Iwo Jima Steam Explosion
I remember the incident, just like it was yesterday; at 0758, 30 Oct 1990, the word was passed "UNDERWAY"; at 0802...the ships power was secured...no lights.....the ship was in pandamonium....when I was on the Iwo, during FEP, we were taught, that if the power goes out...treat it as a "actual casuality" and go to your General Quarters station.....I advised my workcenter chief, SKC(SW) Danilo Q. Gloria, USN(Retired), that he and I should run down to Repair 3...we went to the Hanger Bay and there was alot of steam....the word for General Quareters had never been passed over the 1MC....so SKC and myself got to Repair 3; I was the phone talker and plotter for Repair 3, and I began my normal routine to hook up everything, and establish comms on the 2JZ...when I established comms, all I could hear over the line was alot of confusion...by this time it was 0814, and the Emergency Diesel came online, then the General Quarters alarm sounded. Halon was dumped into the Fireroom, because no one actually knew what had happened.At around 0900, Repair 5 made an attempt to enter the space, but could not, due to the steam (super heated steam presents high pressure at 690 degrees F). At around 0910, Repair 5 made another attempt; entered the space and found 6 of our shipmates, dead in the space...one of them was BT1 Robert Volden (the person who secured the boilers, to eleviate an actual boiler explosion); 4 people were pilled from the space, one of them was the MPA (who reported to the ship just two weeks prior)....the survivors were immediate transferred to the on station medical ship for treatment. The remaining repair lockers, in succession, assisted with the removal of the deceased and the survivors. The ship was at General Quarters until 1300 that afternoon.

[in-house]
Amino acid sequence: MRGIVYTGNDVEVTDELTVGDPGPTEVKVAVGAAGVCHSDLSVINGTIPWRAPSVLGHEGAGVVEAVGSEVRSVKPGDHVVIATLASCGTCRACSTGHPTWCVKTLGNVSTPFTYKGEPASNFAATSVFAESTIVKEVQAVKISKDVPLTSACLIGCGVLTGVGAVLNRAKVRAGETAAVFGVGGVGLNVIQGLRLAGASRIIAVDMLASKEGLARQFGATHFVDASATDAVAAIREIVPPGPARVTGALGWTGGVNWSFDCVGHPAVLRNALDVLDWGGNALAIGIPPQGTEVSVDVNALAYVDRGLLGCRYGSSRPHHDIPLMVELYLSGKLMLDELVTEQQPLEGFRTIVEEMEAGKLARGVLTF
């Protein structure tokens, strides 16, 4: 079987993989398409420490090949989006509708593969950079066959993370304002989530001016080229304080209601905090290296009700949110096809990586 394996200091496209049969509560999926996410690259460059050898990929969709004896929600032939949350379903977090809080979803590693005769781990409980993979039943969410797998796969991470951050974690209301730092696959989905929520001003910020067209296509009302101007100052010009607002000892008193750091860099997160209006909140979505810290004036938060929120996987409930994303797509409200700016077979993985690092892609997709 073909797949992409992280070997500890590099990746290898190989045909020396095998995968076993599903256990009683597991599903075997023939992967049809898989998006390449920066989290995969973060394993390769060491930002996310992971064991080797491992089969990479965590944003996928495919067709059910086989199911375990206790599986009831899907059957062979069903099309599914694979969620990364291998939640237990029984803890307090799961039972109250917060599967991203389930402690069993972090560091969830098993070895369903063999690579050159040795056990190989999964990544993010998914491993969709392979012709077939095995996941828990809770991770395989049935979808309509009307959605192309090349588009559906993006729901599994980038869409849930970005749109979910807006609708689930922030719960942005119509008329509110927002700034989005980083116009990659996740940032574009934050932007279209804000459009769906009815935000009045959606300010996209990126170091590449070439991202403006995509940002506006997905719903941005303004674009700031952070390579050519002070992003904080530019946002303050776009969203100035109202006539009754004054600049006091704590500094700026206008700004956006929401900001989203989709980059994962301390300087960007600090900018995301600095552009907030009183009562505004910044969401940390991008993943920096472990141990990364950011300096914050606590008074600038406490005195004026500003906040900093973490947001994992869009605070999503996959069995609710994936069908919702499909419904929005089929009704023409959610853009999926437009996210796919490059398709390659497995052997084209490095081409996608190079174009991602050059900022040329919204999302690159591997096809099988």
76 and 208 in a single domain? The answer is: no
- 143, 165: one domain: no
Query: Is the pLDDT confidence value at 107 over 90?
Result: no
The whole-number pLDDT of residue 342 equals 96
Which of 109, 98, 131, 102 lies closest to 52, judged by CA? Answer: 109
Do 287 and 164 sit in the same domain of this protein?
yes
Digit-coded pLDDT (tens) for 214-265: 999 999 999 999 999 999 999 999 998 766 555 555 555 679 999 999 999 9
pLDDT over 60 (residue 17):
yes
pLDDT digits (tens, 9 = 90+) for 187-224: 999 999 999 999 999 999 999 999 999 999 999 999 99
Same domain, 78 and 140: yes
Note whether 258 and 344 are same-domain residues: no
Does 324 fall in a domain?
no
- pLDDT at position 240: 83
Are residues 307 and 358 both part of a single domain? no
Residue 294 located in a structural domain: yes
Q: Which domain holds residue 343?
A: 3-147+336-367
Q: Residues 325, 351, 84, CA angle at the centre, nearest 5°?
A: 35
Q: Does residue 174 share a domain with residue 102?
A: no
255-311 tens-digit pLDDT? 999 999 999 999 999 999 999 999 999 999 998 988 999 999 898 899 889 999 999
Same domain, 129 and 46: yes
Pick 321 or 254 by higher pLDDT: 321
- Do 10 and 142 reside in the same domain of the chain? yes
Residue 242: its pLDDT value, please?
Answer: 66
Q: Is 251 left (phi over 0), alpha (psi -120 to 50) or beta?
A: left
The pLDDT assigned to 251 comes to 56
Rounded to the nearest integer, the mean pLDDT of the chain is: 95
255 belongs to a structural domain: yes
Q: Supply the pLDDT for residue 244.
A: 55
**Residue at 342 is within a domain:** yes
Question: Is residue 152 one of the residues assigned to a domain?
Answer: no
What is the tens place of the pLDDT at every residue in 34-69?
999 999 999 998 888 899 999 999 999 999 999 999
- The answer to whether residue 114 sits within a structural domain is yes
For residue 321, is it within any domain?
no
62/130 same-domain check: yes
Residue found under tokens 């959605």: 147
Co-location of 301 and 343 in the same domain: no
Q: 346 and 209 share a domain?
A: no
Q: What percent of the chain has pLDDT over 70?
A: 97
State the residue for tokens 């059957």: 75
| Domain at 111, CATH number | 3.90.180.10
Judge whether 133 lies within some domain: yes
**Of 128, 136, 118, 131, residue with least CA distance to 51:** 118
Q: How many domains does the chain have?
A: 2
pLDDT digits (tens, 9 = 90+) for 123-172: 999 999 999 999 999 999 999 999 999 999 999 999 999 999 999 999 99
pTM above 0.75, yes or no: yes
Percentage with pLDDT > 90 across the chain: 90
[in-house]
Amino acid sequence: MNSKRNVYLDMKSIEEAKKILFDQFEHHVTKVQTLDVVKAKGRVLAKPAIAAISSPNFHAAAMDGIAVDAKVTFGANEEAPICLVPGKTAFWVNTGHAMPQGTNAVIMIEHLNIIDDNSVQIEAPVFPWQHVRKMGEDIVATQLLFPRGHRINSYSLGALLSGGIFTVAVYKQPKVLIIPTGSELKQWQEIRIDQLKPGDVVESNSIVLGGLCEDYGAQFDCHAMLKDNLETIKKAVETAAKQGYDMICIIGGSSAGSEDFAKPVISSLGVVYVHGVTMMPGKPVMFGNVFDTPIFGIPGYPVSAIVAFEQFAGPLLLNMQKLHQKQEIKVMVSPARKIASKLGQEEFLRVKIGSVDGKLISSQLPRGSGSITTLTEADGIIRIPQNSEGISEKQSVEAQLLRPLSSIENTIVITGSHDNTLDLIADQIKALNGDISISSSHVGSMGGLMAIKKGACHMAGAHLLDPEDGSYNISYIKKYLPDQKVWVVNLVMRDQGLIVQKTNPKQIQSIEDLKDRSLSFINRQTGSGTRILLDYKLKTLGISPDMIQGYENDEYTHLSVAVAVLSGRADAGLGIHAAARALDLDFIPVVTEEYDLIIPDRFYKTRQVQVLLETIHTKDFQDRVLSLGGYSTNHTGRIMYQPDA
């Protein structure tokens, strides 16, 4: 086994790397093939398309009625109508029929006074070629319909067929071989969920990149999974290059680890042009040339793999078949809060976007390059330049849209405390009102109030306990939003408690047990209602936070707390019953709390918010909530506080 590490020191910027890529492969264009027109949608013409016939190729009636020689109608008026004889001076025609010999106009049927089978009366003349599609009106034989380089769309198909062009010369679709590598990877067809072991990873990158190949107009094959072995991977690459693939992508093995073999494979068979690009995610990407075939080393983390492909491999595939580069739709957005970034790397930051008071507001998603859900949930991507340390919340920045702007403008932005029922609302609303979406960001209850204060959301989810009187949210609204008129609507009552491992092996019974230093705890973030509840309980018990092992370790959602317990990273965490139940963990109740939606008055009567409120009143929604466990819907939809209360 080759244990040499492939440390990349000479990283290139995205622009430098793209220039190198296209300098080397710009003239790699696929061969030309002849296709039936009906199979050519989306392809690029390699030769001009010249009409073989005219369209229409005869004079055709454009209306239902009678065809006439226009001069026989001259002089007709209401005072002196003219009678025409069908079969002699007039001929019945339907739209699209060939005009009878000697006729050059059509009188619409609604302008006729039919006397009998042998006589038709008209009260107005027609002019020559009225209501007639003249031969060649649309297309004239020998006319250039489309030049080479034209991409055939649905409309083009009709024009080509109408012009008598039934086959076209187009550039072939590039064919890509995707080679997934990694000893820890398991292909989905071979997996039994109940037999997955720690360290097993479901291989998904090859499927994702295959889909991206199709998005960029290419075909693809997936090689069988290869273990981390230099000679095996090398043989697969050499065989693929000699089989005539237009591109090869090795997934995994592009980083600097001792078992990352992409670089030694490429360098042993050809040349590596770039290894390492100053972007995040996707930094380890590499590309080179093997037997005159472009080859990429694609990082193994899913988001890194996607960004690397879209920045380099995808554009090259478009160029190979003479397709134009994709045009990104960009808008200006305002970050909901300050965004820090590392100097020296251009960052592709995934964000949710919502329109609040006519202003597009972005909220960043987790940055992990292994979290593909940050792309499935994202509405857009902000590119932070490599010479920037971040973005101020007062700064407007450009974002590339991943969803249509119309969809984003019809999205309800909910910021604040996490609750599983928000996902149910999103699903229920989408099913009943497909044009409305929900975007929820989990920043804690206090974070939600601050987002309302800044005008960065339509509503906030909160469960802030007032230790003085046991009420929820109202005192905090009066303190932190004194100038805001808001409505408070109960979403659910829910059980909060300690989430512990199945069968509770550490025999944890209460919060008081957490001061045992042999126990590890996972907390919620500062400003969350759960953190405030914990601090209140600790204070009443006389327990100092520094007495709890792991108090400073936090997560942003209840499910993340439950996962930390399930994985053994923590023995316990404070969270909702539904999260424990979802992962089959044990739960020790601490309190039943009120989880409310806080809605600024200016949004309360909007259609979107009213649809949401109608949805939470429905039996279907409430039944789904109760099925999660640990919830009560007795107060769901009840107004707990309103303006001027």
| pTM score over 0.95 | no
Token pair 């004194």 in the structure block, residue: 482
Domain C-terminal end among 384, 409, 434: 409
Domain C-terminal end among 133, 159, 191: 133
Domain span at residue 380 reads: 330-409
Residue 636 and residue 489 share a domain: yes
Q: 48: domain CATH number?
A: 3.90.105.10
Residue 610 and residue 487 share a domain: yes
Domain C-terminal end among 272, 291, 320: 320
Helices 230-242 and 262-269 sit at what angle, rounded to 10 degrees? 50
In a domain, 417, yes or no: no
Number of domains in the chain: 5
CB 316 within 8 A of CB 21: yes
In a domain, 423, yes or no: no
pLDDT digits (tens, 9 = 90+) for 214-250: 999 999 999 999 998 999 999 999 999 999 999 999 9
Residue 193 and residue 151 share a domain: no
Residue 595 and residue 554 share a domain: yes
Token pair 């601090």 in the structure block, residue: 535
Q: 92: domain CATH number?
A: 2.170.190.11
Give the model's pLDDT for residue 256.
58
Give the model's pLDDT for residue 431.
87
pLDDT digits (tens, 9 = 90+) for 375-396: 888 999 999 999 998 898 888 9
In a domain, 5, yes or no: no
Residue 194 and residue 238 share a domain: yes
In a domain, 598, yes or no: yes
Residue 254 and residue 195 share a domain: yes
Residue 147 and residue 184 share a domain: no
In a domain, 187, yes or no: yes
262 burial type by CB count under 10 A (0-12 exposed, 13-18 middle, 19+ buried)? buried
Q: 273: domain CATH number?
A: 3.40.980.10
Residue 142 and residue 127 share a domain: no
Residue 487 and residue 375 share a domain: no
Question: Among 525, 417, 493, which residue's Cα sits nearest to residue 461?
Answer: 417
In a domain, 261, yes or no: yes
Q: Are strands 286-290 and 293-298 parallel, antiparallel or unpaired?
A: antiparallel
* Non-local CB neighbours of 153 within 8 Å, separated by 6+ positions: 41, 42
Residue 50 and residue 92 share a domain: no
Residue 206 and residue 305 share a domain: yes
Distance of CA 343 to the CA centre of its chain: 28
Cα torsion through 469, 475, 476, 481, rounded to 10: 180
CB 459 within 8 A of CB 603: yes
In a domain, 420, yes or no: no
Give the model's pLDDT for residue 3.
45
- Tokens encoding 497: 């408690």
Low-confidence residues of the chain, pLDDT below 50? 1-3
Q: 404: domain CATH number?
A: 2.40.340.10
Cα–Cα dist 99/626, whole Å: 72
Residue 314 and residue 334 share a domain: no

When we pulled the MPA out, he was screaming "I Can't See, I Can't Breathe" (Note: When a person inhales or is subject to that much high pressure steam or the intense temperatures...your skin will melt or cease together and your skin will fall off...the MPA's eyes were melted shut !!). All of the survivors looked like parbroiled chicken...it was sad !!! This all could have been avoided.
Ensign Rich Miehle, Supply Corp, who was the Sales Officer was on the Mess Decks; one of the survivors came out of the escape scuttle; Mr Miehle took the individual to Medical for treatment....this individual received severe burns to his body, that he was bleeding...even on Mr Miehle....
Throughout that dreadful evening, not only did we lose 10 shipmates (known as the Iwo Ten), but the crew was subjected to intolerable heat conditions (the Bahrain temp in October is usually in the low 100's) and the ship had no AC on, since number Two switchboard had been destroyed. During that evening, the crew learned forehand how to install Casuality Power Control Cables, to which we had to re-route the power around Number Two switch board, to recover from the casuality.
Before the A/C was returned to the ship, the temperature was in running near 175 degrees....
The following morning, most of the guys from B Division knew what caused the incident. It took the Navy three years to release the info.
This was one of the most horrible event I was ever apart of...The IWO Ten should never be forgotten.....
Posted by Alan Bickert
Jun 28 2005 06:24:19:000PM